by Mary Ellen Flannery
When NEA Student Program chair Chelsey Herrig was paying for college, her mother stopped going to the doctor when she was sick because she knew the $45 co-pay could buy Herrig a week’s worth of groceries instead. Because her mom’s health is important, Herrig stopped asking her for help — and got a fourth job to help pay her student bills.
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And still, despite attending a public college and working at least 30 hours each week, Herrig will graduate next year with about $45,000 in student debt, she told Senate Democrats on Wednesday. “My mother knew college was expensive but she never told me I couldn’t go. She knows it’s my dream to be an educator,” said Herrig.
Thankfully, for Herrig and so many others, Senate Democrats have a solution to the nightmare that is student debt in America, where 43 million Americans owe $1.3 trillion in student debt.
The Reducing Educational Debt (RED) Act, introduced last week by Senators Baldwin (D-WI), Hirono (D-HI), and Warren (D-MA), would allow students to refinance their student loans at lower interest rates; increase federal funding to states that commit to free community college; and increase Pell Grants for the poorest Americans.
“What have we done to kids in this country? We’re taking away the American Dream!” said Sen. Chuck Schumer (D-NY) during Wednesday’s forum hosted by the Senate’s Democratic Steering and Outreach Committee, which is chaired by Sen. Amy Klobuchar (D-MN.)
Student debt bigger than house mortgage
Senators also heard from New Jersey community college professor Mecheline Farhat Roldan, a New Jersey Education Association (NJEA) member, who, along with her husband, owes an incredible $170,000 in student loans. Farhat Roldan, whose parents escaped a civil war in Lebanon, first went to community college, followed by two years at Seton Hall University, and then earned a master’s degree from John Jay College, which is part of the public City University of New York.
Her family’s student loan debt is bigger than their home mortgage, Roldan told Senators. It has become such a huge weight in her life that she skipped two maternity leaves so as not to lose any income, and greeted her students online from her hospital bed two days after giving birth.
“I worked hard. I did everything by the rules. And I’m giving back to my community,” said Roldan, who teaches and advises students at Bergen Community College. “Honestly, it makes me feel as if I were deceived by this ‘land of opportunity.’”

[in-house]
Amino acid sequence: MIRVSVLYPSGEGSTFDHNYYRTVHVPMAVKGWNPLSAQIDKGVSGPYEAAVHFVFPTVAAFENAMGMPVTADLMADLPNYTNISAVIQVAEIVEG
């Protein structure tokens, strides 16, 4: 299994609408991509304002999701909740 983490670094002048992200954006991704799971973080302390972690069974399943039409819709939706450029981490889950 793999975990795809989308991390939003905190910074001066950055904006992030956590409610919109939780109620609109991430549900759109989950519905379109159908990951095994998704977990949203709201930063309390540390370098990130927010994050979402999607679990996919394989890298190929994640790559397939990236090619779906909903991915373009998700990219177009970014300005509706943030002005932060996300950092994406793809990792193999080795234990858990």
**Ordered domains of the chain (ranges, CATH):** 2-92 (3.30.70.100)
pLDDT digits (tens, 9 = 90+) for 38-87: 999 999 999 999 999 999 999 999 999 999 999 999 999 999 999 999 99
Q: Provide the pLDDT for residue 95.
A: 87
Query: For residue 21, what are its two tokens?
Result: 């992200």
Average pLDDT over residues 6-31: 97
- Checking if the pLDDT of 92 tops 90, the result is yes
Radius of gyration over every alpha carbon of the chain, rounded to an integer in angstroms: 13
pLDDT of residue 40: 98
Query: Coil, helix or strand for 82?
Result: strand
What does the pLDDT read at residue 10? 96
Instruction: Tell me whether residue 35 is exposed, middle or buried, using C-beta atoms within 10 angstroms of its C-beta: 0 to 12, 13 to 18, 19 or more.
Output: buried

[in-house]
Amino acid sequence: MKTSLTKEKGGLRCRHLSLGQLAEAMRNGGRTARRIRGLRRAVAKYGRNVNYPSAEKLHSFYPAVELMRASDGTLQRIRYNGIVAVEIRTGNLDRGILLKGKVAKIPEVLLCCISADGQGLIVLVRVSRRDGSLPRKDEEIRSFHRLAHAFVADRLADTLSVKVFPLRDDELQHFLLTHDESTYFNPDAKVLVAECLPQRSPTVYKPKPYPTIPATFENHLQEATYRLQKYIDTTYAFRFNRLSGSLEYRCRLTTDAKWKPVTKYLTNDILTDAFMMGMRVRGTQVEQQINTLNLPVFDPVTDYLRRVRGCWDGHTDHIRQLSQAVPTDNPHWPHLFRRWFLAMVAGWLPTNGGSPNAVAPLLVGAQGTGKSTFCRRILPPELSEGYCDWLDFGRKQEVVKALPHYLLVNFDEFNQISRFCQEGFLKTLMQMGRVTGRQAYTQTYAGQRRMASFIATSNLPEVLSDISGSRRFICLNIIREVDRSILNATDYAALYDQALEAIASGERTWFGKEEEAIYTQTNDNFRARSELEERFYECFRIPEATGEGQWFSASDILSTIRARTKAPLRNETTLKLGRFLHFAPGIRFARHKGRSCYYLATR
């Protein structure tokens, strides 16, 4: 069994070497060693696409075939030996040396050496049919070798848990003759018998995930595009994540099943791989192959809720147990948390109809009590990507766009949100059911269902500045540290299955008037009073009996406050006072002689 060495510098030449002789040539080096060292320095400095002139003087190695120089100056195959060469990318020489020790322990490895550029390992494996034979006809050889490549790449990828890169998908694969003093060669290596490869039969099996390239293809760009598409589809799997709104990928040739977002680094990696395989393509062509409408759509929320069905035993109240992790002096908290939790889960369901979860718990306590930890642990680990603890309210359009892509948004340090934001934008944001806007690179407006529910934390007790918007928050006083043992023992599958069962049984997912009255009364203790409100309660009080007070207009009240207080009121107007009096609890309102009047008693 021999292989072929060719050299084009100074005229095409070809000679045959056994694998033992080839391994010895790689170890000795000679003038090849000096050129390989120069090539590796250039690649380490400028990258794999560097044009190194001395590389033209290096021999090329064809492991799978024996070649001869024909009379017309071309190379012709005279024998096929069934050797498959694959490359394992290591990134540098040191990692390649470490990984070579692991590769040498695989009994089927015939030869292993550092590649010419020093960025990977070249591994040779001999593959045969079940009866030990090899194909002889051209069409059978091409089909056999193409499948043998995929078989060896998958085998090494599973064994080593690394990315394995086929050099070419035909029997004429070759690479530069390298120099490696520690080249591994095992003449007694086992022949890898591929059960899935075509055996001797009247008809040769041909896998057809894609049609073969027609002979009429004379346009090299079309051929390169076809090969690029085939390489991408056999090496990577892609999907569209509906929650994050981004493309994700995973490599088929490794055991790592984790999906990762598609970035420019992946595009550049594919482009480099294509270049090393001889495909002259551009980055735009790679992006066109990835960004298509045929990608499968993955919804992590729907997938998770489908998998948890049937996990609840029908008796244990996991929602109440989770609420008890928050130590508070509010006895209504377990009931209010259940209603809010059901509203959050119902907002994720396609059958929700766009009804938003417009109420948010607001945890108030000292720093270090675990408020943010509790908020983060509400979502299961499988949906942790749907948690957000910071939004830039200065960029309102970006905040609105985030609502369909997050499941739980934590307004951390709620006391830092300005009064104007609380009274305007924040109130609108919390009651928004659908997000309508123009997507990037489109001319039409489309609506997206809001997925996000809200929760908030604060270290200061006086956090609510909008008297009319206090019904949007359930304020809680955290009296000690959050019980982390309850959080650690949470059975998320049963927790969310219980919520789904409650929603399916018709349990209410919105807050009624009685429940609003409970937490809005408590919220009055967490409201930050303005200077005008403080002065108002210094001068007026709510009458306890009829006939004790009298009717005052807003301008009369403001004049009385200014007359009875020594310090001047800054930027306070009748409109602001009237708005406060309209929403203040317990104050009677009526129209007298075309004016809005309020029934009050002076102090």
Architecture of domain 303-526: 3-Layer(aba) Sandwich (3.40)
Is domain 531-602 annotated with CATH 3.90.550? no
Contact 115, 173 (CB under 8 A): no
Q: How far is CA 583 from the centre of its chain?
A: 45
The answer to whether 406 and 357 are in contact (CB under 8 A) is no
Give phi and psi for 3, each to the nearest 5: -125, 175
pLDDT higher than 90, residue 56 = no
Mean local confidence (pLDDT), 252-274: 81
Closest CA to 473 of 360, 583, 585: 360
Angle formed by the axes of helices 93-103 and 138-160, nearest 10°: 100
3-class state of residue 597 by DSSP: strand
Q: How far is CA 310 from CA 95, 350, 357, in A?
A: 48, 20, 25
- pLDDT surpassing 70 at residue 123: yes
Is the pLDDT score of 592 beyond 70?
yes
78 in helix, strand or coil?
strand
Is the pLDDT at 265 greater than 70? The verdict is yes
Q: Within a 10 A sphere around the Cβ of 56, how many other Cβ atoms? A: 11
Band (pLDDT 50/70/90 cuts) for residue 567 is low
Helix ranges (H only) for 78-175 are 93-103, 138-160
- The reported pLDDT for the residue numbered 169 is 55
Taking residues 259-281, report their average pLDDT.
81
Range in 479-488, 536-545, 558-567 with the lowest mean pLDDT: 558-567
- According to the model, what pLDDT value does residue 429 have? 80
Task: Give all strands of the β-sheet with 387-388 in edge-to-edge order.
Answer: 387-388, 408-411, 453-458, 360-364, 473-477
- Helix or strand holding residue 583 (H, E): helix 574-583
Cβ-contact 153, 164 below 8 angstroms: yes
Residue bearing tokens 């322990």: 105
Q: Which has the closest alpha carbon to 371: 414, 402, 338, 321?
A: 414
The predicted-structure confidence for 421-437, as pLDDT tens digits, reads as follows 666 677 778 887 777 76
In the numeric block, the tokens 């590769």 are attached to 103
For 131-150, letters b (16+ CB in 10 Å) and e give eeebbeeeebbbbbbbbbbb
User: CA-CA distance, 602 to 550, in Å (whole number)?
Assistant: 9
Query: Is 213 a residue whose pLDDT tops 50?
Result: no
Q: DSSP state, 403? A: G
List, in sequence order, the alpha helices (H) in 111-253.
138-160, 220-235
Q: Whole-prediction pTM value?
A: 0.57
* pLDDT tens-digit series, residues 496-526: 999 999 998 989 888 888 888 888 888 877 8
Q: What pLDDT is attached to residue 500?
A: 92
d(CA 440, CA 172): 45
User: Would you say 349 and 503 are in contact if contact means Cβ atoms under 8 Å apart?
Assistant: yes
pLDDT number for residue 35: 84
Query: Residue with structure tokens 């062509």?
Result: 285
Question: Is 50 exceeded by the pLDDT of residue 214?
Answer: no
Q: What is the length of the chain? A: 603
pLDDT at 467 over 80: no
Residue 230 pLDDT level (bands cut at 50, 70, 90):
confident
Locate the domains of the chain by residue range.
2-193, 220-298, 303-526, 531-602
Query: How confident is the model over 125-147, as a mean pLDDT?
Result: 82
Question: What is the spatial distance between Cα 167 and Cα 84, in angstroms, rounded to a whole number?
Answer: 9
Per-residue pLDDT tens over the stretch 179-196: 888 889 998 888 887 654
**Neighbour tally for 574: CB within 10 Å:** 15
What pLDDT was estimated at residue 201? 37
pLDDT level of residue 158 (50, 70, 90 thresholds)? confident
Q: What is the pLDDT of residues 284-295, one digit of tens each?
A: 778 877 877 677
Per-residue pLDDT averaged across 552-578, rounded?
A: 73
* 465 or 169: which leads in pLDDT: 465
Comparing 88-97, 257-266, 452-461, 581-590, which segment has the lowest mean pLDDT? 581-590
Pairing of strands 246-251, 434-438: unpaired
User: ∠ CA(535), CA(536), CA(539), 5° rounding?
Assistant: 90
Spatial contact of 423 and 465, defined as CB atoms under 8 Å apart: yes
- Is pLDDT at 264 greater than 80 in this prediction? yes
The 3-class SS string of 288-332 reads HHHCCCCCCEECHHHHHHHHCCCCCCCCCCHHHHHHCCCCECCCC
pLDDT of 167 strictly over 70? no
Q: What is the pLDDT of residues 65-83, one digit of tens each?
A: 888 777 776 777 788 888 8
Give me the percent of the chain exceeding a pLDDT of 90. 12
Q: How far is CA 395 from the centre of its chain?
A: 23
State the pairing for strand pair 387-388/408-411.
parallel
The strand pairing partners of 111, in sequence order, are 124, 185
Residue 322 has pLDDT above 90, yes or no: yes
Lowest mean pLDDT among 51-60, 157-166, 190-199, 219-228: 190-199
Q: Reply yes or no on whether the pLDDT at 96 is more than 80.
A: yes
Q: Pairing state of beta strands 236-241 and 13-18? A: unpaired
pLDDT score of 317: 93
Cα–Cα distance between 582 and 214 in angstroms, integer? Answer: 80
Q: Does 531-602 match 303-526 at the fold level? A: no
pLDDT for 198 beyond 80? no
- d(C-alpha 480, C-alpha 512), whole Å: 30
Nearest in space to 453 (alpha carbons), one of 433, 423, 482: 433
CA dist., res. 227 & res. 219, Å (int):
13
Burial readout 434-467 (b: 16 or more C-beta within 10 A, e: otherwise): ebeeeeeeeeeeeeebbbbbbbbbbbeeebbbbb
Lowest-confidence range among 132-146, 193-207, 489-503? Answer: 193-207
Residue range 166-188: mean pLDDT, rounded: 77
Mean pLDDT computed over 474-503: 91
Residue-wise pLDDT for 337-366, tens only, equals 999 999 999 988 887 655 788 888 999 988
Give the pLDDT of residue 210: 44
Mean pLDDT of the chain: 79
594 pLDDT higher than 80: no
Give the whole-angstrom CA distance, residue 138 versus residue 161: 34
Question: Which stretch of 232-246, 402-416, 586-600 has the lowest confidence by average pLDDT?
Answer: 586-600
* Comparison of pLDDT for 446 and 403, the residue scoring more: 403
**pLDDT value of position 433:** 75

And she’s not the only one. Senators hear painful stories of student debt like these everywhere, said Klobuchar.
“We need to rethink the promise that we made in this country, the promise that every child will have access to a free, public education, K through 12. Back then, that was enough. Today, in the 21st century high-skills global economy, that is not enough anymore,” said Sen. Tammy Baldwin (D-WI), the architect of a bill to provide free tuition for eligible Americans at community and technical colleges, and also at minority-serving four-year colleges.
The RED Act
In addition to creating financial incentives for states that make community college free, the new RED Act would reduce interest rates for student borrowers. “It’s obscene,” said Sen. Elizabeth Warren (D-MA), that the federal government makes millions of dollars by lending money to students with interest rates at 9 percent, while it lends to big banks at 1 percent. “I am ready to fight on this!” she promised.
The RED Act would also increase Pell Grants, which are federal tuition grants for the poorest Americans. Back in 1980, Pell Grants covered 100 percent of the cost of a 2-year college and 77 percent of four-year colleges. These days, as the cost of tuition has soared, their purchasing power has collapsed: Now Pell covers less than a third of the cost of four-year colleges.
“Pressure our colleagues,” Klobuchar urged students at Wednesday’s forum, to force Congress to take action on the RED Act —the more pressure, the better, she added.
Also, to learn more about NEA’s Degreees Not Debt campaign, and to help our members advocate for expand income-driven repayment programs and teacher loan forgiveness programs, take NEA’s Degrees Not Debt pledge.